Obama to make case for military strike against Syria
A new NBC News/Wall Street Journal poll out this morning shows nearly 60 percent of Americans want their members of Congress to say "NO" to military force in Syria. Just 24 percent believe US military action against Syria is in the best interest of our country.
After weeks of denying responsibility for this attack on civilians, Syria says it's willing to put its chemical weapons under international control.
Secretary of State John Kerry says that's only because the United States is threatening to use force.
"A lot of people say - nothing focuses the people's mind like the threat of a hanging," said Kerry.
Kerry casually floated the plan Monday. Russia seized on it and the Syrians say they're willing to go along.
"All of us are hopeful that this option could be a real solution to this crisis. Yet we must be clear-eyed and ensure it is not a stalling tactic," said Defense Secretary Chuck Hagel.
That all has suddenly upended Washington's debate over military action.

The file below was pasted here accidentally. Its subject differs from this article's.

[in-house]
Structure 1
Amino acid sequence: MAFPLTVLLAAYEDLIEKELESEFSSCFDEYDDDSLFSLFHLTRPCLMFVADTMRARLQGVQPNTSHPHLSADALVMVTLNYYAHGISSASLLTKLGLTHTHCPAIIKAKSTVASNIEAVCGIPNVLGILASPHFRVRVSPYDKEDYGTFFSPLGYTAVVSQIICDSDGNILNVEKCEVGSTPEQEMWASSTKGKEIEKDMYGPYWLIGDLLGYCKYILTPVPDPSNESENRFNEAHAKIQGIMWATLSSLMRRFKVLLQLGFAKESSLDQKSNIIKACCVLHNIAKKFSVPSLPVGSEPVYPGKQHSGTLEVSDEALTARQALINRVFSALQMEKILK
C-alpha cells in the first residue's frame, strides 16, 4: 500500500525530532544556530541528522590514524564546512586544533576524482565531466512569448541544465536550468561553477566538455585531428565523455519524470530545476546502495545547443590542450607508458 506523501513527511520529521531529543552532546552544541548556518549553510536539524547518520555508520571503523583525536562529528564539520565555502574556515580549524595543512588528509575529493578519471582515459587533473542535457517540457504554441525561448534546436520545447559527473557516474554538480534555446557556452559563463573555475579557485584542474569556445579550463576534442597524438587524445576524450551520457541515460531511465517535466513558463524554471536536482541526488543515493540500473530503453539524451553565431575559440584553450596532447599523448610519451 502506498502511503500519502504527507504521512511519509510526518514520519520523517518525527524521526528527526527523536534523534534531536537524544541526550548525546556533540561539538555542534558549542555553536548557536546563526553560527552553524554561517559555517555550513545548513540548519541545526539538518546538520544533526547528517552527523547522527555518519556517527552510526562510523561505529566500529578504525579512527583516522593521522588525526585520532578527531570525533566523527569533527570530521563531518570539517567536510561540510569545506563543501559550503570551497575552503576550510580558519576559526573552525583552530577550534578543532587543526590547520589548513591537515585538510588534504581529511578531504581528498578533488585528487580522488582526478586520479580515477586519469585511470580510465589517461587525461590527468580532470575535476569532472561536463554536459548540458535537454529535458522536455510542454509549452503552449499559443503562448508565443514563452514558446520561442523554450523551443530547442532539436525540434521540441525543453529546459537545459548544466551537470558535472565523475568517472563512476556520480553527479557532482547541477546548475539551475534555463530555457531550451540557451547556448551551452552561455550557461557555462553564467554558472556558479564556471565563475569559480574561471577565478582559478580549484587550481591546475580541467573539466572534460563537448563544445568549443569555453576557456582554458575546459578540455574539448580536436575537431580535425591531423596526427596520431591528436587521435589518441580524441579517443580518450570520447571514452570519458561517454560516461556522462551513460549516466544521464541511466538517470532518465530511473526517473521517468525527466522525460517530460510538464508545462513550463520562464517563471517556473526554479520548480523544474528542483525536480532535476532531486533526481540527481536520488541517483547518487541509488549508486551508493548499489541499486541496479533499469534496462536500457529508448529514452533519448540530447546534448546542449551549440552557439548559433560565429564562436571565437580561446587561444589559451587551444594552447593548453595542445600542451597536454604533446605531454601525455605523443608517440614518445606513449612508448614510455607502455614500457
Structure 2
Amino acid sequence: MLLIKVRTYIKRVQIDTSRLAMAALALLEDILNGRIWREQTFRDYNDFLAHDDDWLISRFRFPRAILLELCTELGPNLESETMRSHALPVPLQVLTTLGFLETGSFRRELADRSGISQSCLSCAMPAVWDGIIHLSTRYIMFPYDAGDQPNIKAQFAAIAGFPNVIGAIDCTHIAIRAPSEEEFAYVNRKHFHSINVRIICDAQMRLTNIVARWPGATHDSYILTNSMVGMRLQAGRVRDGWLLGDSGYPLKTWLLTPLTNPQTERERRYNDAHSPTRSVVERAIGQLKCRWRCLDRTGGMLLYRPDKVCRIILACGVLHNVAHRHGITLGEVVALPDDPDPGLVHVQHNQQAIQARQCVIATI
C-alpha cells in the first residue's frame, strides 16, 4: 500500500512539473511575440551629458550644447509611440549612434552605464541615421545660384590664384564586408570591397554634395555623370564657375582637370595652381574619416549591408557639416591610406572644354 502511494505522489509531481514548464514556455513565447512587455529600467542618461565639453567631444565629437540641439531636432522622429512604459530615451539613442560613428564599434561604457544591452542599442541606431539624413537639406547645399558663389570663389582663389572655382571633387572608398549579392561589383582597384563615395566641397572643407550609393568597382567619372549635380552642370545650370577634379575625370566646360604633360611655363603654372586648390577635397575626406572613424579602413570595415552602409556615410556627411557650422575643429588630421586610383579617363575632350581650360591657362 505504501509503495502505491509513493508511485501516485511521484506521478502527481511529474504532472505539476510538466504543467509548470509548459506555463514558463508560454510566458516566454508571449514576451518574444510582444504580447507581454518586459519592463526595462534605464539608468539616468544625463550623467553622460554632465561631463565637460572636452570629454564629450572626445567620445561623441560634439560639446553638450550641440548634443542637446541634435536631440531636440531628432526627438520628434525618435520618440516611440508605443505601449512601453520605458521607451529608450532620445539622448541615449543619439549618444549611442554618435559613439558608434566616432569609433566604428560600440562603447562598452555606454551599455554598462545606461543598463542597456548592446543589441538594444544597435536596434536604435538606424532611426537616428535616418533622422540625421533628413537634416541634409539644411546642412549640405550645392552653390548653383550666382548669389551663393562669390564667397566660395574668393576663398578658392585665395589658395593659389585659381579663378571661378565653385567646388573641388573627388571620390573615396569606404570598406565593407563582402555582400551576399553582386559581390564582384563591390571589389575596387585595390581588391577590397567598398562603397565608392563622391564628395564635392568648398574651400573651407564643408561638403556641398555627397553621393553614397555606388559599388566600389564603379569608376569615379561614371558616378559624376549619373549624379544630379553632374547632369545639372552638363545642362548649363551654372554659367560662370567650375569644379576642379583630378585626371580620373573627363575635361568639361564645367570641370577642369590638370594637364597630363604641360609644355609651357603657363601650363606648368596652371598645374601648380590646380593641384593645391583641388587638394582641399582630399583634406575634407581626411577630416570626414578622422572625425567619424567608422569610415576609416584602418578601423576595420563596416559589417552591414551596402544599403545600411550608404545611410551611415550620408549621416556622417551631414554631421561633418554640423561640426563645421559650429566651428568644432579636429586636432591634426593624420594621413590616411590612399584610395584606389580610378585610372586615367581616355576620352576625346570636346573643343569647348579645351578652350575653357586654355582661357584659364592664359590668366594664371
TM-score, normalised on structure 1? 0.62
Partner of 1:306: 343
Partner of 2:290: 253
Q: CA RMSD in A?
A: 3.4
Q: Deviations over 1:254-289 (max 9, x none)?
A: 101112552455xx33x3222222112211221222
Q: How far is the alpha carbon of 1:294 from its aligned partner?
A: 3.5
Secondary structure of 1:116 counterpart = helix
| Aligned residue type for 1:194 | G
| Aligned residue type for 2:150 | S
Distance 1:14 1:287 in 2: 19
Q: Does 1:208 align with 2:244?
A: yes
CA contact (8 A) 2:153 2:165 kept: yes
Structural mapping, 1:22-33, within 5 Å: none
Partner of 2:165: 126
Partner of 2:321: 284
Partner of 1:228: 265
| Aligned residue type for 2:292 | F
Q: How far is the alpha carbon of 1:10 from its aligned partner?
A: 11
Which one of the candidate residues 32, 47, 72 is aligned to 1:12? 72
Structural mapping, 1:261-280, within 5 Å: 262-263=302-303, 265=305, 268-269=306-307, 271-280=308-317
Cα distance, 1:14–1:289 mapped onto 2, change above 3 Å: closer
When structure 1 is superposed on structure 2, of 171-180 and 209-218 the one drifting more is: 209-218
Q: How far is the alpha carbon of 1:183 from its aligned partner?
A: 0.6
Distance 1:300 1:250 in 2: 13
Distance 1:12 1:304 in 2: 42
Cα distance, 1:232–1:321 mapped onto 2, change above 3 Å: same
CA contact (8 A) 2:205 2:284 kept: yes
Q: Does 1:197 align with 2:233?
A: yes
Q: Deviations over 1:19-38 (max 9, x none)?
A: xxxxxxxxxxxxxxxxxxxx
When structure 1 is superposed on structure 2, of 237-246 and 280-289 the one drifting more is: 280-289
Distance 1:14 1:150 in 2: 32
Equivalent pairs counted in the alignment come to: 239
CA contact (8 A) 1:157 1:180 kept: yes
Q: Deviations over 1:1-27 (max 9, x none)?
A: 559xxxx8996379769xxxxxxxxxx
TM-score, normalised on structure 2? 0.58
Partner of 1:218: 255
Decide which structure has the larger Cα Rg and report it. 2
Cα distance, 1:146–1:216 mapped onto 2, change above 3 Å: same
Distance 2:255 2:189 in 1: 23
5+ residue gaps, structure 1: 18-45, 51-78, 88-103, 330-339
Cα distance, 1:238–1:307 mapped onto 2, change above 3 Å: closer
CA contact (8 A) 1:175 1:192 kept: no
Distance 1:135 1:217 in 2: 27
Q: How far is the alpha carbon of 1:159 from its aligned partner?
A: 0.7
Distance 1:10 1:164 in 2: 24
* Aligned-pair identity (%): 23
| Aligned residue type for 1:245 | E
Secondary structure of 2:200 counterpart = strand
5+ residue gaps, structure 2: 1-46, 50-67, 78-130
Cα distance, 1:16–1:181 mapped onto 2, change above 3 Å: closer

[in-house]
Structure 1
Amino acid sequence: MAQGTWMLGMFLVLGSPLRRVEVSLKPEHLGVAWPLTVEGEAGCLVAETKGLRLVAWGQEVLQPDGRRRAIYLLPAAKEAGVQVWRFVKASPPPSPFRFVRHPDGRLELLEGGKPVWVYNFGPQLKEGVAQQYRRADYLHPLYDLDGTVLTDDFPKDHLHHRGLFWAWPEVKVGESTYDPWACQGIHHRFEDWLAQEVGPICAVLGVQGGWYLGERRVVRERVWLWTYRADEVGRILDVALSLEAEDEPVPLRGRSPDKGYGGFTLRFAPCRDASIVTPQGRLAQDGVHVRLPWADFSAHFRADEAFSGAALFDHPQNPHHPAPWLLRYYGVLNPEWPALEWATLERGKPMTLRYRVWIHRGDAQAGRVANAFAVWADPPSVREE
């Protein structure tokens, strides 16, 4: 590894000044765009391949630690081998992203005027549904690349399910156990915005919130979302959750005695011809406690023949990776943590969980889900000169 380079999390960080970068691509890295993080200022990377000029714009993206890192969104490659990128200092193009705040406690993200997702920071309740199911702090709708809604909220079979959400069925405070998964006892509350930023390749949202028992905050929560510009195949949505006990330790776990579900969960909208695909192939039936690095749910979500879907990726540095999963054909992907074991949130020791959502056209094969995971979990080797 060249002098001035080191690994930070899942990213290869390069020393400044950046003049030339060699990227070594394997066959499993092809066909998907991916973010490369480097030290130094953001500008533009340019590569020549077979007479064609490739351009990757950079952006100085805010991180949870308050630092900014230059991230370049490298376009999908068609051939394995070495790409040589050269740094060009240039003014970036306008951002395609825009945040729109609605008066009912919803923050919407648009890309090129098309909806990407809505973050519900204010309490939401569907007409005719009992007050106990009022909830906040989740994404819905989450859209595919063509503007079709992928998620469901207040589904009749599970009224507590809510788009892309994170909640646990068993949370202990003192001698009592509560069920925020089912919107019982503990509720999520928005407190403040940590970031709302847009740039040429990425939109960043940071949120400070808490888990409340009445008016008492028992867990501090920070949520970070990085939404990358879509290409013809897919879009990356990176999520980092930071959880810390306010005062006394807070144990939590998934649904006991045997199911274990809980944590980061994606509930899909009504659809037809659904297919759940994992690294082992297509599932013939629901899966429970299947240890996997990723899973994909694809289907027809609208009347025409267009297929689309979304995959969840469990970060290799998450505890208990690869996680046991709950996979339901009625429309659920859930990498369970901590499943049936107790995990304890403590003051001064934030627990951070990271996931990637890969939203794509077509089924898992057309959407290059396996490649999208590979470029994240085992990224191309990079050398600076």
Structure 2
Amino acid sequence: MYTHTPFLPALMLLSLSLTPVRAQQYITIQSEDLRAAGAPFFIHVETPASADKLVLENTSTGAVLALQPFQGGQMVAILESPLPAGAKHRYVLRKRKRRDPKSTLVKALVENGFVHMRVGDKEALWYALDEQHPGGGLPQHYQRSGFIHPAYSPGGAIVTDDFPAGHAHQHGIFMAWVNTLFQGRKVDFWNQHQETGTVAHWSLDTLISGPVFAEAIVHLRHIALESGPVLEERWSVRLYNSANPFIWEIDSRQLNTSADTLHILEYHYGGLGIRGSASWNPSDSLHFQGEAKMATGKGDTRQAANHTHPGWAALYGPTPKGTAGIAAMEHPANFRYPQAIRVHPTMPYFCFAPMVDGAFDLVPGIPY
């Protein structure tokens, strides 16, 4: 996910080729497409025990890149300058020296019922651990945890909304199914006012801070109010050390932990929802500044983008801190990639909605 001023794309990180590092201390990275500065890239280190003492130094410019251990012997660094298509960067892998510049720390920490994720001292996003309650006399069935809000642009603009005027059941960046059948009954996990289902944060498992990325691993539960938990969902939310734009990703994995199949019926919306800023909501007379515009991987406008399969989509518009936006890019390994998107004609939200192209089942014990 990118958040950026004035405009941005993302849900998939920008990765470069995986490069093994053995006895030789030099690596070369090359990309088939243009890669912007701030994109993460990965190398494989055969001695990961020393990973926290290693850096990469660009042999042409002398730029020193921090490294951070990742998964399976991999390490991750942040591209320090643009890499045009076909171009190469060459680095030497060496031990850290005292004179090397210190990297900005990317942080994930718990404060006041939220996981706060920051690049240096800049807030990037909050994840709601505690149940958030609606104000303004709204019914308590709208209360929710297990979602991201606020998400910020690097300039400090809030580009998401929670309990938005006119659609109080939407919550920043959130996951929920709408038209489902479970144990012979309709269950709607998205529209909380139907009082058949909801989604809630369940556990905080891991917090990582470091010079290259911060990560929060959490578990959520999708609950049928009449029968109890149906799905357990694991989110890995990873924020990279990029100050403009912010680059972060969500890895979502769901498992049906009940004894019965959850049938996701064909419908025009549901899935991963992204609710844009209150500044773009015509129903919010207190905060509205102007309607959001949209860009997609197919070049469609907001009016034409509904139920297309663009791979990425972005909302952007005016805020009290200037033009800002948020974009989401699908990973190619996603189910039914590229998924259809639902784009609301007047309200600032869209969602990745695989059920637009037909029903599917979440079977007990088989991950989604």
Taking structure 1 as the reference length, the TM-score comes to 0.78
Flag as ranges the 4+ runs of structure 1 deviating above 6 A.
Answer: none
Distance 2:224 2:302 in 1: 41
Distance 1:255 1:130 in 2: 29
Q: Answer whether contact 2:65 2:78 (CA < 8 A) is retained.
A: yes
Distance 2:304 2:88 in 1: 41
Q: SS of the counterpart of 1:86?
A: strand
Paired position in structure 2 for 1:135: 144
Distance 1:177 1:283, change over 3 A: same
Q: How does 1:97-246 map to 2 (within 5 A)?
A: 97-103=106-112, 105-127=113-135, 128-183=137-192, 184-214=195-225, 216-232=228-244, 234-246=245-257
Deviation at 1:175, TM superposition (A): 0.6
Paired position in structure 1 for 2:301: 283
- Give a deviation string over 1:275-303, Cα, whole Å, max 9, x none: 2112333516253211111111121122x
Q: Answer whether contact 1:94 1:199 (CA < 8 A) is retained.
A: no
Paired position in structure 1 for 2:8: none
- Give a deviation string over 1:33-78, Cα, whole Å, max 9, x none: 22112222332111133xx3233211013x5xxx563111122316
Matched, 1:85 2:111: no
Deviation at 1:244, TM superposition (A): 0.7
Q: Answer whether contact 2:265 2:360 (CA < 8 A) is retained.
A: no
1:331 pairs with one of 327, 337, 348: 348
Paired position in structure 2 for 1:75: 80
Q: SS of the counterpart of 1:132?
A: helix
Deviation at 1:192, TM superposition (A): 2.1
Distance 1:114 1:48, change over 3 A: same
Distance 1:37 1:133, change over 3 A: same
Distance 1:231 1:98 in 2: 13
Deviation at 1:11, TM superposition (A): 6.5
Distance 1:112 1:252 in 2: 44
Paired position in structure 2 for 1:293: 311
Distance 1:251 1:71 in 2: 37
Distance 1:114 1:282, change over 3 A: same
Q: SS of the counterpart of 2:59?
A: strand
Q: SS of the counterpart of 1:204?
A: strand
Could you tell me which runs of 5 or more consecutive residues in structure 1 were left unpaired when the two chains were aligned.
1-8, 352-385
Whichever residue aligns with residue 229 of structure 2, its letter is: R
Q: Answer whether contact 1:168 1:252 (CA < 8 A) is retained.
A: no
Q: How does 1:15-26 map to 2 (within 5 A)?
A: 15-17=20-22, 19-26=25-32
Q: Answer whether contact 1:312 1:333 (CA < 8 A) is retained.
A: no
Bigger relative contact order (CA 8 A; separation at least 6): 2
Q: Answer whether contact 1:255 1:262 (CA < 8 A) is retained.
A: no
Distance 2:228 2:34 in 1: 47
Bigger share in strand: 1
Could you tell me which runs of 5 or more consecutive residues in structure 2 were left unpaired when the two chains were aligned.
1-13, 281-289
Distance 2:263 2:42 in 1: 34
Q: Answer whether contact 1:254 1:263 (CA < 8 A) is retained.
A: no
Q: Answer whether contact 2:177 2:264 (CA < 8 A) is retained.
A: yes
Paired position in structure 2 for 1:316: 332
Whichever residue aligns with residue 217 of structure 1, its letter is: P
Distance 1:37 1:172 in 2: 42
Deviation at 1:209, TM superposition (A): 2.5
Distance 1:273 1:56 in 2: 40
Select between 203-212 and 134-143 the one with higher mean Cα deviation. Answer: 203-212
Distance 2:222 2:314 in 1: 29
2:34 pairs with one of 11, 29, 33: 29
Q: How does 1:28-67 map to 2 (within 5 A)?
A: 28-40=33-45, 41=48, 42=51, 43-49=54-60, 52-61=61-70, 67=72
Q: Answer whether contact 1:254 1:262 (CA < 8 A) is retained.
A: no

"We don't need to prove how quickly we can do this, but how well we can do this," said Sen. Harry Reid (D-Senate Majority Leader.)
Syria's offer complicates President Obama's case as he addresses the nation this evening.
"This could potentially be a significant breakthrough. But we have to be skeptical because this is not how we've seen them operate over the last couple a years," said the president.
Syria's diplomatic gesture makes American military action an even harder sell.
Rep. Susan Brooks (R-Indiana) released a statement Tuesday saying she will not vote in favor of the president's request to use military force.
"Even after two classified briefings with Administration officials and today's Committee on Homeland Security hearing on the issue, I simply feel the White House has failed to outline a specific plan for action and success in the context of our national interest," Brooks said in a statement. "I am appalled by the Assad regime's use of chemical weapons on its own people and I support continued humanitarian aid for the victims of this senseless crime. However, after saying that Assad should be removed from power two years ago and setting a 'red line' more than one year ago, President Obama remains woefully unable to demonstrate how his current call for a military strike fits into any broader strategic plan for the United States and its role in an increasingly unstable Middle East region.
"I am not inherently opposed to the use of military force to protect our national interests and I deeply respect the opinions of House leadership and many of my colleagues. However, until we have a clear mission and a meaningful set of objectives, I cannot support the Administration's request."
The president will speak at 9:00 pm Tuesday night. Watch on WTHR Channel 13.1, WTHR.com or the WTHR news app.